Here are a few examples of Hunter Barker’s later work.

The book starts off with Clayton Dexter’s swash-buckling story set in the 17th century starring an Errol Flynn type swordsman hero known only as ‘The Rapier.’

The Rapier arrives at the mansion of siblings Grace and Lance Forsyth to deliver a letter from their recently deceased father with the information that somewhere in the mansion is a map that will lead them to the fabled treasure-city of El Dorado. Eventually, amid the bookcase secret passages and hidden rooms of the old building, Grace and The Rapier locate the treasure chest and the map…

I had to insert this solid example of Clayton Dexter’s great artwork.

…only to have it, along with Grace’s brother, immediately stolen from them by the pirate Captain Sinister and his henchmen. The episode ends with Grace and The Rapier on the cliff outside the mansion staring out to sea as Captain Sinister and his crew, now in possession of the treasure chest, Grace’s brother Lance as a prisoner, and the map to El Dorado, row out to their ship anchored just offshore and sail away.

Hunter Barker’s “The Searunners” is next.

This is the story of a pair of Scottish fishing lads, Steve and Eric, who, along with Steve’s father, are in a small boat returning to shore after a days work. Their short trip back home in the fog and rough seas is interrupted by the surfacing of a Nazi U-boat directly under them. This capsizes their boat and Steve’s father is lost at sea while the boys are taken aboard the enemy sub and brought to a Norwegian port where they are thrown into an internment camp. They manage to escape but are tracked down by Gestapo pursuers and Steve is shot. In the last suspenseful panel, though Eric is free to make his escape, he decides to turn back to help Eric.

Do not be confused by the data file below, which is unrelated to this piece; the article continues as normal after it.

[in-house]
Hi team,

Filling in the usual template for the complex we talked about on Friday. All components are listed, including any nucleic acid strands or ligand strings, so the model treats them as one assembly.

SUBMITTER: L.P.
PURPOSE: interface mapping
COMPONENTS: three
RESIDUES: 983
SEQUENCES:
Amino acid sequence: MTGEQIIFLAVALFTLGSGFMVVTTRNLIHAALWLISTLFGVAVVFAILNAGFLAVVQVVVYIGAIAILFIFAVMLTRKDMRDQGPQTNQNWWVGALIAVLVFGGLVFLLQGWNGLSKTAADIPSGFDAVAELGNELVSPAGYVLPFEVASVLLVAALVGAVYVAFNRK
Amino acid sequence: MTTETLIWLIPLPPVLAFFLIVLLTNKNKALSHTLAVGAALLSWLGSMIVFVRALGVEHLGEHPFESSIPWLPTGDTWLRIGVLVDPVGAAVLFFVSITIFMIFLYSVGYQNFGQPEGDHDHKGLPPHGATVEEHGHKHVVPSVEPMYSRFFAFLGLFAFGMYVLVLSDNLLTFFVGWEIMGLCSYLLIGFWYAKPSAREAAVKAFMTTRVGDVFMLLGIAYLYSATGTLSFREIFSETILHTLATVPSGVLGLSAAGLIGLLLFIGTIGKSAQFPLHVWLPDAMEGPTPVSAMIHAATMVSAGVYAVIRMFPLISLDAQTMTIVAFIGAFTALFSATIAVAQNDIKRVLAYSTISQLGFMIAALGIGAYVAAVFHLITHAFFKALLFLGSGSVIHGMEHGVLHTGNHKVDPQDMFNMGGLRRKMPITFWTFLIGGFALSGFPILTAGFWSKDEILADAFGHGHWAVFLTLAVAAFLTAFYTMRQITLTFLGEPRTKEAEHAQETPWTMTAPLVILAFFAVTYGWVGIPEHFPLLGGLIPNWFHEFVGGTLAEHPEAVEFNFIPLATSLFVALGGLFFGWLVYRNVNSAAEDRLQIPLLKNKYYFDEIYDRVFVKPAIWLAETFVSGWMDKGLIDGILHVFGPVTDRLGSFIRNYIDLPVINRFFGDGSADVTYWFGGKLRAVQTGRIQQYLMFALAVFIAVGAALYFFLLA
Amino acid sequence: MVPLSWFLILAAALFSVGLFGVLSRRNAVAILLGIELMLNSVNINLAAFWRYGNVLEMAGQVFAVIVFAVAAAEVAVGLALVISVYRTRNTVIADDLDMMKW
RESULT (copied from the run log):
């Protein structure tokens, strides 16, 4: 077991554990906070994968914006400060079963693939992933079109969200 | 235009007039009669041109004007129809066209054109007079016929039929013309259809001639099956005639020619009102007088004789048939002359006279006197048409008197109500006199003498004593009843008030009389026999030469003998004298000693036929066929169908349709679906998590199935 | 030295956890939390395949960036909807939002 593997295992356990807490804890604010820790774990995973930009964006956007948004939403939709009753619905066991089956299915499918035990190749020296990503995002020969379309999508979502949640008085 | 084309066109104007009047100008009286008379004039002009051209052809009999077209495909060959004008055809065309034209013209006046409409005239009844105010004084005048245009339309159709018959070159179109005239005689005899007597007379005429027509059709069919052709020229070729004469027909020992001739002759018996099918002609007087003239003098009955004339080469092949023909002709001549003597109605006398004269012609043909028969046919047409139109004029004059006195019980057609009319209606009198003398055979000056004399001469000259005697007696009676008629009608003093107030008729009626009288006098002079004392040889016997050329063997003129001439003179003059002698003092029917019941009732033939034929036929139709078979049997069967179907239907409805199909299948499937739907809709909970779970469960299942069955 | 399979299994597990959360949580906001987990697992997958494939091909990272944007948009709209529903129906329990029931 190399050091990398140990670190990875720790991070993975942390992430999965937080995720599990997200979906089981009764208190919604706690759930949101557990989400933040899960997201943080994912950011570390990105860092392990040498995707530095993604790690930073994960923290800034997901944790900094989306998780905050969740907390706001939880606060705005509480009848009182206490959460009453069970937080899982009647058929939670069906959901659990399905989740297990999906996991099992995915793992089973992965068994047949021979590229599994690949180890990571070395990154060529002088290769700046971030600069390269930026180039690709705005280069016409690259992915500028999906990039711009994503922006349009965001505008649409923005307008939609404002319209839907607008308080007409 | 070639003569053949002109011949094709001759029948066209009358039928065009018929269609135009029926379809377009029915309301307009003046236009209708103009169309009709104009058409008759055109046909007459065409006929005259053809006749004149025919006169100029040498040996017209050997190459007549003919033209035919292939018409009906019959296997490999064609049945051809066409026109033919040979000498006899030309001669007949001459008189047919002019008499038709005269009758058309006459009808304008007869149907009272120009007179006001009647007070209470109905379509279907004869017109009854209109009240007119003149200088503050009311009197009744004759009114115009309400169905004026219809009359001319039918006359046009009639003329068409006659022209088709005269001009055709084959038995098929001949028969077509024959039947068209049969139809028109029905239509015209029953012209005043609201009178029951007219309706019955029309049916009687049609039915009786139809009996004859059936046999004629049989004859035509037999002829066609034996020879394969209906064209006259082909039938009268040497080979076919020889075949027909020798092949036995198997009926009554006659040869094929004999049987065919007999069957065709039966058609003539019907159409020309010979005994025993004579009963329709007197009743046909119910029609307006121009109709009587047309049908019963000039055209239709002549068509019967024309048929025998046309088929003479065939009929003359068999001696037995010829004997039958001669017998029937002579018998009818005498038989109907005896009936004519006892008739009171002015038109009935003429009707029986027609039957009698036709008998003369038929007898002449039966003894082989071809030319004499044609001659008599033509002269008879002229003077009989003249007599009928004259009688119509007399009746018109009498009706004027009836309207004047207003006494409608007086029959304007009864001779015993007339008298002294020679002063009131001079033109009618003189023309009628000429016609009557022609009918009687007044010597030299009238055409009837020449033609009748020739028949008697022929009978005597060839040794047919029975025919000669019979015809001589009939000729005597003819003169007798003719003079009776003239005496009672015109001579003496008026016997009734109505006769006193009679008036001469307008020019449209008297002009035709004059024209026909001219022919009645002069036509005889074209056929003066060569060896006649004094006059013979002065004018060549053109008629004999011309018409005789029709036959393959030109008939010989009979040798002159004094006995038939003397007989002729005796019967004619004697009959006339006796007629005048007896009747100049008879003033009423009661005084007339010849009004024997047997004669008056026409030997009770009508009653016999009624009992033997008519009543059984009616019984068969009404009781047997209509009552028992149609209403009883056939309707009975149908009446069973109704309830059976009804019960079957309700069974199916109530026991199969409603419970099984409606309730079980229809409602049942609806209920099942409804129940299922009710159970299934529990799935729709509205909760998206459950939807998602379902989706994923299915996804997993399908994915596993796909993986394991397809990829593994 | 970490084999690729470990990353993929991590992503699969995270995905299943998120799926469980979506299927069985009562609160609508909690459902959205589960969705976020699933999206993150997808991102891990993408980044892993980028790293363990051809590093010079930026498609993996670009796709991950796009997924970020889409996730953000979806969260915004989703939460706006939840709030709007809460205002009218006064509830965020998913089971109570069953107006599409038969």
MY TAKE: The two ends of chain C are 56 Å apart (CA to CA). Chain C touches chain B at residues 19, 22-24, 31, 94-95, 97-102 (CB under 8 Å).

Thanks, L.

After pirates and treasure chests and Nazis in the North Atlantic, we move on to Hugh Caulfield’s adventure story set on the west coast of Canada.

This feature, “Happy Holden,” is the only story in the issue not written by the illustrator. The author is Jack Loudon and we know nothing about him. The title character is a pilot hired to transport a professor from Vancouver to the northern reaches of Alaska on a scientific expedition. Also on board are the professor’s two children Brenda 22 and Danny 15, as well as one of the professor’s old friends. They encounter a storm over northern B.C. and go down. When they wake up the next morning they find themselves in a lost world replete with dinosaurs and gorilla-like humanoids. In the last panels, Brenda and Danny are left in peril, lost in the jungle, and pursued by one of these gorilla-men.

Up next is another Hunter Barker feature, this time about a Mountie corporal named “Trigger Dunston.”

The story is set in southern Alberta and is an example of what we would consider today to be a racially bias presentation of drunken Indians slaughtering unsuspecting settlers. Trigger Dunston finds out about the murders from the young son of the homesteaders who had managed to escape. Dunston immediately sets out for the foothills to round up the murderous “redskins” and their notorious alcohol supplier, Slippery Dan. After a night-time encounter with a pack of wolves, a perilous pursuit of Slippery Dan himself, and a confrontation with a Crow chief at the Indian camp, Dunston returns to Fort McLeod with all the culprits in tow.

Closing out the comic is Dingle’s story, “The Sword of Destiny.”

This is probably the closest the comic book comes to a superhero-type story. Young Billy Arthurs gets locked in a local museum after hours and eventually dozes off. Waking up in the middle of the night, Billy explores the place and is drawn to a glass case containing an ancient sword glistening from the moonlight pouring through a window. He manages to take the sword out of the case and notices it bears the inscription “Excalibur.” As he wields it,  the sword generates a mist that transforms him into a costumed hero called “The Knight” who eventually helps a pair of Chinese students wrongly imprisoned by a tyrant in Burma. The episode ends on the inside back cover with the brooding tyrant Leolasha planning his next move.